FERTILITY is a touchy-feely area, in which no one wants the state to intervene, but expects the state to handle the outcomes of irresponsible reproduction.
The fact is that the state must and does intervene in areas like fertility treatment (IVF) and terminations of pregnancy, for instance. It legislates on what is the acceptable practice.
Assam health minister Himanta Biswa Sarma, proud father of two, recently produced a noteworthy brainchild. He proposed that the hill state should disqualify those with more than two children from government jobs and election to local bodies. Sarma, nurtured in the Congress but now in the BJP, thinks his scheme should be adopted at the national level.
Where do the two national parties stand on Sarma’s population control initiative? Is it regressive or progressive? In the past, RSS sarsanghchalaks have been accused of encouraging Hindu women to produce more children, to counter the growth of minorities whose share had crept from 12.61 per cent in 1991 to 14.2 per cent in 2011. A resolution on redressing this grievous demographic imbalance was passed at the RSS’ Ranchi session in 2015.
However, RSS core committee member Krishna Gopal later explained that “if religion prevents one from opting for family planning norms, we must go by the nationalist spirit and formulate a policy keeping under consideration the available resources of the country”. Reading between the lines, the RSS doesn’t want Hindu women to have more children but for non-Hindus to have less.
Anyhow, this enables Sarma to claim his policy is in line with the RSS approach. The Congress has obligingly accused Sarma of following the RSS agenda, thereby vindicating his stand.
The Congress was rather gung-ho on population stabilisation in the 1970s but ran out of steam thereafter, perhaps because its efforts during the Emergency were panned as being over-the-top. Under P V Narasimha Rao, another sterling effort was made to put population control back on the agenda.
In 1992, the then health & family welfare minister M L Fotedar introduced the Constitution (79th amendment) Bill, which would have disqualified legislators of either house of Parliament and the state assemblies, if they had more than two children. As representatives and role models, it was their fundamental duty to promote the small family norm, the minister said.
The idea came out of a National Development Council meeting, where the then Kerala chief minister K Karunakaran recommended legislation in Parliament prohibiting persons with more than two children from holding any future political post. The law was naturally intended to be retrospective, as Fotedar had five children and the Prime Minister had eight.
The Parliament Standing Committee agreed with the minister and recommended the Bill be passsed forthwith but the government got cold feet. An all-party meeting to discuss the Bill was convened in 1997 and 1999 to discuss the matter, but nothing came of it.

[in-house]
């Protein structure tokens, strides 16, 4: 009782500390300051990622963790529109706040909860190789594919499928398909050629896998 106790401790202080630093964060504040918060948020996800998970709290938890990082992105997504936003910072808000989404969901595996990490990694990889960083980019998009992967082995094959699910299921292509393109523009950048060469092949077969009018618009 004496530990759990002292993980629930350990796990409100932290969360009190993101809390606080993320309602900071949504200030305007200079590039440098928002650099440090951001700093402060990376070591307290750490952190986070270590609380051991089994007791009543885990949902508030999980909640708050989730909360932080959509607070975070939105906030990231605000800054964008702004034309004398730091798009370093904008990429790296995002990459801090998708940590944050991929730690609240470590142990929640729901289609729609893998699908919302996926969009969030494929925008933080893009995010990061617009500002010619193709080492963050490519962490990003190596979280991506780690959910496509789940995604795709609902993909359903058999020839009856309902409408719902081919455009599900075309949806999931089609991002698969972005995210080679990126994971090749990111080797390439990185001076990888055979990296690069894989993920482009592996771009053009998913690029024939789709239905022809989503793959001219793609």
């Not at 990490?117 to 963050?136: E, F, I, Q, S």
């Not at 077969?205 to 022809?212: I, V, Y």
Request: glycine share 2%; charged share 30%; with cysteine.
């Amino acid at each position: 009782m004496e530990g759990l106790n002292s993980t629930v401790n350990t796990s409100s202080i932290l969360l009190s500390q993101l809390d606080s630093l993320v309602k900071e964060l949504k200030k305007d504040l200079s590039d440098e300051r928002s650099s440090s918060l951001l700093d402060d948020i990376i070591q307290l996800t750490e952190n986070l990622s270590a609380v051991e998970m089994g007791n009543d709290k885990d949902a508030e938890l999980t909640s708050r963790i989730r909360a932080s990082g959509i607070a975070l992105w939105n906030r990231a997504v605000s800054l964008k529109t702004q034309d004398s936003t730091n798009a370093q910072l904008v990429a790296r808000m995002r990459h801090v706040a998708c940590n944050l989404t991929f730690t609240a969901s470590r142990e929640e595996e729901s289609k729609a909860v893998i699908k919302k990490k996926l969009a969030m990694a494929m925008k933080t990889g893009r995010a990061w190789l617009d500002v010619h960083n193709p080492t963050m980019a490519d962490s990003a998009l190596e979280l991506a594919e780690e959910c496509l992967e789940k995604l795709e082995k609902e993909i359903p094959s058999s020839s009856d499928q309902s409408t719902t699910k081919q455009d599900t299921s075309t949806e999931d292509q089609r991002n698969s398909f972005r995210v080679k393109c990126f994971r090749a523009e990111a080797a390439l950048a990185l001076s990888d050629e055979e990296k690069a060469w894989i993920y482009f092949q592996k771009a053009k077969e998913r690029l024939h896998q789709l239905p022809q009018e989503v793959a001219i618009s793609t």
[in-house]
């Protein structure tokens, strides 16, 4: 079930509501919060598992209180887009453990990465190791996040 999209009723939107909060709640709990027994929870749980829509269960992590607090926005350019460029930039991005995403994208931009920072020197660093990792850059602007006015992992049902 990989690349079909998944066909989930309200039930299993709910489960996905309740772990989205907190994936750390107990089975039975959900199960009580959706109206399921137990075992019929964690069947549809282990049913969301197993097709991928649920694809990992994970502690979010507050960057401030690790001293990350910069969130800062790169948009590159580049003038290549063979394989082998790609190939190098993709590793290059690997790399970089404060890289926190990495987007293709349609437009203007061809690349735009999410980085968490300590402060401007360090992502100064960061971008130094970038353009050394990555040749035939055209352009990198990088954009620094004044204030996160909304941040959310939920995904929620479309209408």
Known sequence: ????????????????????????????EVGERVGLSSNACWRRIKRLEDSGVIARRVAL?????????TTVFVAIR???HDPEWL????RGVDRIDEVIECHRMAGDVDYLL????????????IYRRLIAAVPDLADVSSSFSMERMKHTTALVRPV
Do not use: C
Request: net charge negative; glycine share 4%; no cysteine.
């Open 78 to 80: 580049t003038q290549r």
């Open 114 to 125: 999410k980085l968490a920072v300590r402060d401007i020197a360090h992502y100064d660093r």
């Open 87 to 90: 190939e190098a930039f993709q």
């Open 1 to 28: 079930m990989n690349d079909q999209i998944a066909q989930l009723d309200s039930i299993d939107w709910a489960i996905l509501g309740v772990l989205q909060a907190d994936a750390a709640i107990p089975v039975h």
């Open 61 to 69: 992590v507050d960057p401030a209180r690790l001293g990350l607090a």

The state governments, however, forged ahead of the centre. Nine states adopted the two-child norm as a qualification for contesting local bodies’ elections. The move brought down the wrath of the liberal left on their heads, led
by former Panchayati Raj minister Mani Shankar Aiyer. His campaign bore partial fruit and four states — Madhya Pradesh,
Chhattisgarh, Haryana and Himachal Pradesh — were cowed into submission and withdrew the two-child norm.
Five states stuck to their guns: Andhra Pradesh, Odisha, Gujarat, Maharashtra and Rajasthan, which continue to offer, besides disincentives, a package of incentives for small families. Mani & Co described the two-child norm as socially regressive, gender discriminatory, un-democratic and amounting to interference with reproductive rights.
Mani & Co in turn were ridiculed for ignoring the tremendous pressure population growth puts on the Public Distribution System and the violation of the human rights of children growing up malnourished. Besides, it leads to unrealistic expectations from a nanny-state with limited resources. On an ethical level, it violates the rights of other species, by gobbling up planetary resources that they need to survive and driving them into extinction. In other words, homo sapiens cannot claim the Earth by divine right, because it belongs to all living creatures.
Spiritual leader Jaggi Vasudev put it bluntly, “Either we control our population consciously, or nature will do it in a very cruel manner”. The population bomb, the godman believes, nullifies all of humanity’s efforts at progress. (He encourages fertile couples to opt for adoption rather than have biological children)
The big takeaway from the debate is that fertility is a touchy-feely area, in which no one wants the state to intervene, but expects the state to handle the outcomes of irresponsible reproduction. The fact is that the state must and does intervene, in areas like fertility treatment (IVF) and terminations of pregnancy, for instance. It legislates on what is the acceptable practice.
Politicians are reluctant to serve as role models for population control. The two-child norm is applied at the panchayat level, but god forbid that MPs or MLAs should have to adhere to it. (Having said that, the current Cabinet boasts an honor role of ministers with just two, one, or no children.) Sarma deserves praise for having courageously raised the issue.
If it takes a village to raise a child, India’s going to need a lot more villages.
The author is a senior journalist with 35 years of experience in working with major newspapers and magazines.
She is now an independent writer and author